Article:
When Tong Louie died in 1998, more than 2,000 mourners attended the funeral. Tributes by David Lam, former Lieutenant-Governor of B.C., and many others spoke of his refusal to acknowledge barriers. Tong: The Story of Tong Louie, Vancouver’s Quiet Titan by Ernest Perrault (Harbour $39.95) provides full documentation of those words of praise, supplemented by lavish photographs. The second of eleven children, he was born in 1914 to Hok Yat Louie and his second wife, Young Shee. Hok Yat came from the Guangdong region of China and founded a wholesale grocery company in Vancouver’s Chinatown, raising his growing family in cramped quarters above the store. Three partitioned areas, all without doors, served as cooking and sleeping quarters; sanitary arrangements were rudimentary, and there was no electricity. The business prospered so well that in 1930 Hok Yat had a new building constructed at 254 East Georgia. Here the family had more rooms, including a modern kitchen and a bathroom. Hok Yat was also able to send his first son to college in Hong Kong. Tradition dictated a lesser role for the second son, but Arthur Laing, a family friend and prominent politician, persuaded Hok Yat to also send Tong to university.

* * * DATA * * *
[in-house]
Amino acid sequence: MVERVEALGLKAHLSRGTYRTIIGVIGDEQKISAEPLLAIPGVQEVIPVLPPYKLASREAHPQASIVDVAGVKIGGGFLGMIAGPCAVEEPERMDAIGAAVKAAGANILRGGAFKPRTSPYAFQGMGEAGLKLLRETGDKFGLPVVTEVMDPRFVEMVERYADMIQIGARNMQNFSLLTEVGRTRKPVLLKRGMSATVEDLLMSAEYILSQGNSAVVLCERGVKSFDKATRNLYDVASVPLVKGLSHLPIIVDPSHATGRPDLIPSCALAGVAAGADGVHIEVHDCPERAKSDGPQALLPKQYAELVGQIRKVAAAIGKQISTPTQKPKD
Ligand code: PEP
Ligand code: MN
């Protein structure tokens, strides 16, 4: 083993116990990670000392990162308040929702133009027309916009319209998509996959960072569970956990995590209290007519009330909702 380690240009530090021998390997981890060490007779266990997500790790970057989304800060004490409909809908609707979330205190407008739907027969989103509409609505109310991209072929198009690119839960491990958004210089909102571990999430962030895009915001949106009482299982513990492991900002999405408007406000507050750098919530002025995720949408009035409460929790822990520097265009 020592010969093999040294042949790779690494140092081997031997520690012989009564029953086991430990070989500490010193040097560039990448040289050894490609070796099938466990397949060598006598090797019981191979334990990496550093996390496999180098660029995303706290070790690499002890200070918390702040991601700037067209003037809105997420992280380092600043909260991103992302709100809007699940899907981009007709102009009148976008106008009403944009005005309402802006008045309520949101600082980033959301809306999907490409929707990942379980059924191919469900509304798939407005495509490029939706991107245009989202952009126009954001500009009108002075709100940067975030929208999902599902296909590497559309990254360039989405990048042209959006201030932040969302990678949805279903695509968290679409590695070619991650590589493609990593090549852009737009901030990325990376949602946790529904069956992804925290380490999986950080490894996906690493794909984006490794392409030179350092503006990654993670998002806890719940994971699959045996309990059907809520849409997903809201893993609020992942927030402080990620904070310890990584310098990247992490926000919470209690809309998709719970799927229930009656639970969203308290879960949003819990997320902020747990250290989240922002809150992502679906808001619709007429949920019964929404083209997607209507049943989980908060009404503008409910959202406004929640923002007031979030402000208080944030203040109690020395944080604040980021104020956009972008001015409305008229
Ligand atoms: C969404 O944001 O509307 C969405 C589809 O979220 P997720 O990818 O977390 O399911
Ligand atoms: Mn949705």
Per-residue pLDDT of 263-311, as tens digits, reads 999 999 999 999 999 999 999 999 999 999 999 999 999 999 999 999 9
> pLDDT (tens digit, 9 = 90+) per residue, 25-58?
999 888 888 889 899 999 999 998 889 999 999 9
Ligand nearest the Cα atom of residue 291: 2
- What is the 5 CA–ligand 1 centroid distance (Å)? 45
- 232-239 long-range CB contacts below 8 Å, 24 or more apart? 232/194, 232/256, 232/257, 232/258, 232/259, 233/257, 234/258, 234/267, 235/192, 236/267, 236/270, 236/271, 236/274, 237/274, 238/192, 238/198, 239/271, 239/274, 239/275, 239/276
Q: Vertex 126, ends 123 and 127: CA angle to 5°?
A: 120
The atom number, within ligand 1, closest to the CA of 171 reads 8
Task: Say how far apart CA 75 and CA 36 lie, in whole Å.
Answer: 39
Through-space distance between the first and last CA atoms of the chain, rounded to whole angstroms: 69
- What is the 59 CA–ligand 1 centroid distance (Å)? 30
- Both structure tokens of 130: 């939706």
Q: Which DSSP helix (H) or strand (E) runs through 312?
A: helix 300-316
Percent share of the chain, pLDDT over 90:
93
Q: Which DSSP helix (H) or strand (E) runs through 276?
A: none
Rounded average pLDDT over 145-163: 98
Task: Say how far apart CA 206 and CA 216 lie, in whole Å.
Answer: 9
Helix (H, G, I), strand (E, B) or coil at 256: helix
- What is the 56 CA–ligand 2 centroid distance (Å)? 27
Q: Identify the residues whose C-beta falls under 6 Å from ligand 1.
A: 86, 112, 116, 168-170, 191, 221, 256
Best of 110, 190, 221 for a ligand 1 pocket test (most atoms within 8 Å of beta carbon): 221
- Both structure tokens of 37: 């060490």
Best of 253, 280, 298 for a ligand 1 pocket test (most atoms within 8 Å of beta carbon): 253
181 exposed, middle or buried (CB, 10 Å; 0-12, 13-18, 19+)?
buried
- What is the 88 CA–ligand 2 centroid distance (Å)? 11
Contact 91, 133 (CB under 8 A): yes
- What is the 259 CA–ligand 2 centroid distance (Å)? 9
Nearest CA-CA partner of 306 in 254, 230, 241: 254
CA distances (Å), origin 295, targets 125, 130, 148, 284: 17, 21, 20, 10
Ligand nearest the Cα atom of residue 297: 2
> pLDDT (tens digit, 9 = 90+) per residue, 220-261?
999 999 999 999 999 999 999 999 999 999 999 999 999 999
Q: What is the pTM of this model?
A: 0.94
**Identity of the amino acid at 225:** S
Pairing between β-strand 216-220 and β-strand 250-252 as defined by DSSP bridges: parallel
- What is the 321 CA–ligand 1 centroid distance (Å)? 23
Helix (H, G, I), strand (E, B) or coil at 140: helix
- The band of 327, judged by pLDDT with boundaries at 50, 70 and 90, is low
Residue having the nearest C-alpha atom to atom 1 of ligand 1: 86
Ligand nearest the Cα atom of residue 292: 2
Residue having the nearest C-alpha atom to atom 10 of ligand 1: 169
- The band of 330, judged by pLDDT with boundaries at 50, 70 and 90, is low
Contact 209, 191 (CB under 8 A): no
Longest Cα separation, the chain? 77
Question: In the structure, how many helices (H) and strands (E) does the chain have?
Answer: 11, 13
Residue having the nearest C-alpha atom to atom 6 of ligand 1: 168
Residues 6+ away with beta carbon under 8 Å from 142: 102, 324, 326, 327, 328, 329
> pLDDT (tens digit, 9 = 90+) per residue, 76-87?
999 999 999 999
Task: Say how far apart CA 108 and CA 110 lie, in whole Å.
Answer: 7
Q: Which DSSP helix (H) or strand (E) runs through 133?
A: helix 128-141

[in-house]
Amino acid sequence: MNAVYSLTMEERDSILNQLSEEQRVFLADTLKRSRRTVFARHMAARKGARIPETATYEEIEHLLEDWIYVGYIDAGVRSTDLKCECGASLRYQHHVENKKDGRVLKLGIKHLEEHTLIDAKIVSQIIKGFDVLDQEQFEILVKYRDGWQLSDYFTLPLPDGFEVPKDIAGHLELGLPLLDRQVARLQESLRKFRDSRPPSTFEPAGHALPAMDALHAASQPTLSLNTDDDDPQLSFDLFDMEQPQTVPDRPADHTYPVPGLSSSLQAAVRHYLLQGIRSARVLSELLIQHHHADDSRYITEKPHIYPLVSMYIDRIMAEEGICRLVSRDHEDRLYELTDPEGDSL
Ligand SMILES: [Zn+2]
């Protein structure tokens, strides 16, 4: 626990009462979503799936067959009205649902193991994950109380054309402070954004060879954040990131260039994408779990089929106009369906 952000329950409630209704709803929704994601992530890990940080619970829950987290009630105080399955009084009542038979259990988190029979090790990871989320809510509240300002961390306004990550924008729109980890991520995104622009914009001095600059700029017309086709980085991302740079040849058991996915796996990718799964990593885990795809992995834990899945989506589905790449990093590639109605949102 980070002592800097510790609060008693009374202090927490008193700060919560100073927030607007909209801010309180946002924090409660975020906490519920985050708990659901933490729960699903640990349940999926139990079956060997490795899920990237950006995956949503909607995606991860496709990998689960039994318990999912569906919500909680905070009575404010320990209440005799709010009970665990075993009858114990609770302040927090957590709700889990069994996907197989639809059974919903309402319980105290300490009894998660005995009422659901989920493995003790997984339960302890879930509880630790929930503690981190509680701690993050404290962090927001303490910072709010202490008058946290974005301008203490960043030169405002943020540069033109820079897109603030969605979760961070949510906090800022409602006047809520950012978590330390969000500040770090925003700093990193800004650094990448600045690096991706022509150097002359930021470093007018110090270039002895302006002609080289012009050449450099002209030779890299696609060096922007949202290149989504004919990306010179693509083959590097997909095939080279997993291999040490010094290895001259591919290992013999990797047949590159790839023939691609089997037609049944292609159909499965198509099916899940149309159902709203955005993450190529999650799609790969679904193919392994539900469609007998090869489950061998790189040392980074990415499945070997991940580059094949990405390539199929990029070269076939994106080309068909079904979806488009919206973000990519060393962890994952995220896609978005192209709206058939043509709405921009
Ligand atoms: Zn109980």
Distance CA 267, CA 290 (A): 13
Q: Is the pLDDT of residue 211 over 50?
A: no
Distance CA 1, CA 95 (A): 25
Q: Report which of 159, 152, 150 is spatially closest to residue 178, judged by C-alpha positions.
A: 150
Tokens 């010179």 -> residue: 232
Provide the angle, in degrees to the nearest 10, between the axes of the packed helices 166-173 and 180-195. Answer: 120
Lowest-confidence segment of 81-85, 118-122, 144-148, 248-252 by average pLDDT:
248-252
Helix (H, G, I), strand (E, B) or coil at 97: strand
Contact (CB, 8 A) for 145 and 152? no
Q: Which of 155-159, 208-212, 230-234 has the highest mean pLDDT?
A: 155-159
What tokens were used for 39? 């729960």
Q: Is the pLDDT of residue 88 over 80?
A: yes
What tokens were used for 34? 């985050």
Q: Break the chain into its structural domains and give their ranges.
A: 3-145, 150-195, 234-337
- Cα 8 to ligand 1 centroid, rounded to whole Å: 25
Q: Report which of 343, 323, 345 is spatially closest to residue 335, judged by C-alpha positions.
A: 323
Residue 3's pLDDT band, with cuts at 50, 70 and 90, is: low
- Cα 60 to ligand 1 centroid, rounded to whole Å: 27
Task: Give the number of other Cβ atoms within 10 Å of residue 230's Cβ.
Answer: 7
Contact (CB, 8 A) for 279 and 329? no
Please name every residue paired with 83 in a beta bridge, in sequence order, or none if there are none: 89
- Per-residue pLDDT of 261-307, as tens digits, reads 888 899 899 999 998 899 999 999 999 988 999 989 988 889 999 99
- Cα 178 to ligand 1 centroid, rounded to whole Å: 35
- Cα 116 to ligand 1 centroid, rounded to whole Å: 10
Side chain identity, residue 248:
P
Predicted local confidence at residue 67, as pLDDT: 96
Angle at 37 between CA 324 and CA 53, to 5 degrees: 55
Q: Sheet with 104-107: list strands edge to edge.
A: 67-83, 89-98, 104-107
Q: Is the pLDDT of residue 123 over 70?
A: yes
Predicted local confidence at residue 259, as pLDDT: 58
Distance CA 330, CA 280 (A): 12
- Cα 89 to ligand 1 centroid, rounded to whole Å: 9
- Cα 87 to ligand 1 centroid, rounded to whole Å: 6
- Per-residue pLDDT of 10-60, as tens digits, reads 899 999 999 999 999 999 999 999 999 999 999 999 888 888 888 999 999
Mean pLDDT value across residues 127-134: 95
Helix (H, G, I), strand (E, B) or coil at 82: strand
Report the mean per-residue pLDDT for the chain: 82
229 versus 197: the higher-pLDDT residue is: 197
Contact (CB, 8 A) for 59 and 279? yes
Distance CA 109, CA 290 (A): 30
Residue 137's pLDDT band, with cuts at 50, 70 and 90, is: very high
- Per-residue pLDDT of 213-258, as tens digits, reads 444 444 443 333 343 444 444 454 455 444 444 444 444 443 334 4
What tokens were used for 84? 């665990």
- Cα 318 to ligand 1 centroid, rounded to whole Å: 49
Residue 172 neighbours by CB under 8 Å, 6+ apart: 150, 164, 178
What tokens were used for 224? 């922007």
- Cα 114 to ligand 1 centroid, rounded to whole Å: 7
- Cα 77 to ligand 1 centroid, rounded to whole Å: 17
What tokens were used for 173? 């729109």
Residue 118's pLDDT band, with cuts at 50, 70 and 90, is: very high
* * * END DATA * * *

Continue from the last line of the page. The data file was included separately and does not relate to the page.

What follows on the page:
When Tong Louie entered UBC in 1931, there were only 27 students of Chinese background (ten of them were women), and they knew that most professions were closed to them. They were barred from law, medicine, the pharmaceutical industry, teaching in public schools and working for the government. Tong chose agriculture, thinking he was less likely to find discrimination there. When he graduated he was offered a job by Consolidated Mining and Smelting in Trail. But when Hok Yat died from diabetes, Tong decided to enter the family business, and never again used his agricultural training. The second son had already shown a flair for business in what was dubbed “the sesame seed affair.” When Hok Yat’s plan to import sesame seeds from China turned out to be a mistake because Vancouver’s Chinese population simply could not afford such luxury, Tong salvaged the project by persuading Four X Bakeries to try the seeds in their baking process. They soon became popular. Tong’s intervention was typical of his quick thinking and entrepreneurial skills. In his hands, the H.Y. Louie Co. grew, and the family’s companies eventually included London Drugs and dozens of IGA franchises across B.C. Tong became a multi-millionaire.